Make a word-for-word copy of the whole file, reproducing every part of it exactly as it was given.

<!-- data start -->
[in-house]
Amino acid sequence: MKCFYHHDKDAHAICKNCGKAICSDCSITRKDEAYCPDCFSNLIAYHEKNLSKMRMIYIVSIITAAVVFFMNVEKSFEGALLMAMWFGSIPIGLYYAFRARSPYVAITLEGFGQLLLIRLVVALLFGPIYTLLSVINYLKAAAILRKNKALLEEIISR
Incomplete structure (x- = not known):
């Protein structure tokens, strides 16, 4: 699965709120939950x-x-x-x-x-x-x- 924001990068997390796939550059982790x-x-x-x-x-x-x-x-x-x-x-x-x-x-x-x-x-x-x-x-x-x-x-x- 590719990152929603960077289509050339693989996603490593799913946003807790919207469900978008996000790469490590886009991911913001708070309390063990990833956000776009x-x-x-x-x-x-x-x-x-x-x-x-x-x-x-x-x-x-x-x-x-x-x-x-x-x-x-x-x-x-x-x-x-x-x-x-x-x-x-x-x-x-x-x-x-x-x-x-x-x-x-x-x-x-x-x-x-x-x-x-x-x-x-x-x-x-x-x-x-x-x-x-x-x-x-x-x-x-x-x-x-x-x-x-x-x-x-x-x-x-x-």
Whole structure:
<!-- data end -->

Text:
[in-house]
Amino acid sequence: MKCFYHHDKDAHAICKNCGKAICSDCSITRKDEAYCPDCFSNLIAYHEKNLSKMRMIYIVSIITAAVVFFMNVEKSFEGALLMAMWFGSIPIGLYYAFRARSPYVAITLEGFGQLLLIRLVVALLFGPIYTLLSVINYLKAAAILRKNKALLEEIISR
Incomplete structure (x- = not known):
């Protein structure tokens, strides 16, 4: 699965709120939950x-x-x-x-x-x-x- 924001990068997390796939550059982790x-x-x-x-x-x-x-x-x-x-x-x-x-x-x-x-x-x-x-x-x-x-x-x- 590719990152929603960077289509050339693989996603490593799913946003807790919207469900978008996000790469490590886009991911913001708070309390063990990833956000776009x-x-x-x-x-x-x-x-x-x-x-x-x-x-x-x-x-x-x-x-x-x-x-x-x-x-x-x-x-x-x-x-x-x-x-x-x-x-x-x-x-x-x-x-x-x-x-x-x-x-x-x-x-x-x-x-x-x-x-x-x-x-x-x-x-x-x-x-x-x-x-x-x-x-x-x-x-x-x-x-x-x-x-x-x-x-x-x-x-x-x-």
Whole structure: